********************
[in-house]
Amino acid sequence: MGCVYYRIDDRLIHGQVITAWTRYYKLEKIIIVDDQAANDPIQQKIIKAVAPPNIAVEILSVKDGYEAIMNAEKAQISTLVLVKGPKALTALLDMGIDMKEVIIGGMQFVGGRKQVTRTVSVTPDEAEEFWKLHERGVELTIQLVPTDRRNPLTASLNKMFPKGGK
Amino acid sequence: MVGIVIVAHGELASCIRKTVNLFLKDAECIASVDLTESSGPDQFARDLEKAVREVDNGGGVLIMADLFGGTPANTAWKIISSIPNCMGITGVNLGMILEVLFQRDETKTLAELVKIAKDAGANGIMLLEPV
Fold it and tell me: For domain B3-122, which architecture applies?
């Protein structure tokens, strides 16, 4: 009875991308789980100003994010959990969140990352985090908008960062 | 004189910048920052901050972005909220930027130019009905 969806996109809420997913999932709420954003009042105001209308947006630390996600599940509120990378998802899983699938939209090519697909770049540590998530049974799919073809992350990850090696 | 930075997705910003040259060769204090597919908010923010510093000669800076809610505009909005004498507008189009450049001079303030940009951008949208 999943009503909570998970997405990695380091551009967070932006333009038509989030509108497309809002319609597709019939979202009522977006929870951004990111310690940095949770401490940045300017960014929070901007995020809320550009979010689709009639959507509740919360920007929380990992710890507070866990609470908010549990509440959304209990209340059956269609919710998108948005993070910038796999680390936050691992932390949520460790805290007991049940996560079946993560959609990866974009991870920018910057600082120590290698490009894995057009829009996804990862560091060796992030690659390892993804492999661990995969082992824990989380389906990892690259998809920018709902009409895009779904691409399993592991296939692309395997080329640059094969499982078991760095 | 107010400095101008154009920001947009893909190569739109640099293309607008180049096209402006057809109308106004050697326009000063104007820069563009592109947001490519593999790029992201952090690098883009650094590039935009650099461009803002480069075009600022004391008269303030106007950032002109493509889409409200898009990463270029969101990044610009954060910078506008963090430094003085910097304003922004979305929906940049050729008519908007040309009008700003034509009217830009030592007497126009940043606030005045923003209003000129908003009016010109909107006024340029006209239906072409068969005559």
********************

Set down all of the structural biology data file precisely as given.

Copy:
[in-house]
Amino acid sequence: MGCVYYRIDDRLIHGQVITAWTRYYKLEKIIIVDDQAANDPIQQKIIKAVAPPNIAVEILSVKDGYEAIMNAEKAQISTLVLVKGPKALTALLDMGIDMKEVIIGGMQFVGGRKQVTRTVSVTPDEAEEFWKLHERGVELTIQLVPTDRRNPLTASLNKMFPKGGK
Amino acid sequence: MVGIVIVAHGELASCIRKTVNLFLKDAECIASVDLTESSGPDQFARDLEKAVREVDNGGGVLIMADLFGGTPANTAWKIISSIPNCMGITGVNLGMILEVLFQRDETKTLAELVKIAKDAGANGIMLLEPV
Fold it and tell me: For domain B3-122, which architecture applies?
């Protein structure tokens, strides 16, 4: 009875991308789980100003994010959990969140990352985090908008960062 | 004189910048920052901050972005909220930027130019009905 969806996109809420997913999932709420954003009042105001209308947006630390996600599940509120990378998802899983699938939209090519697909770049540590998530049974799919073809992350990850090696 | 930075997705910003040259060769204090597919908010923010510093000669800076809610505009909005004498507008189009450049001079303030940009951008949208 999943009503909570998970997405990695380091551009967070932006333009038509989030509108497309809002319609597709019939979202009522977006929870951004990111310690940095949770401490940045300017960014929070901007995020809320550009979010689709009639959507509740919360920007929380990992710890507070866990609470908010549990509440959304209990209340059956269609919710998108948005993070910038796999680390936050691992932390949520460790805290007991049940996560079946993560959609990866974009991870920018910057600082120590290698490009894995057009829009996804990862560091060796992030690659390892993804492999661990995969082992824990989380389906990892690259998809920018709902009409895009779904691409399993592991296939692309395997080329640059094969499982078991760095 | 107010400095101008154009920001947009893909190569739109640099293309607008180049096209402006057809109308106004050697326009000063104007820069563009592109947001490519593999790029992201952090690098883009650094590039935009650099461009803002480069075009600022004391008269303030106007950032002109493509889409409200898009990463270029969101990044610009954060910078506008963090430094003085910097304003922004979305929906940049050729008519908007040309009008700003034509009217830009030592007497126009940043606030005045923003209003000129908003009016010109909107006024340029006209239906072409068969005559």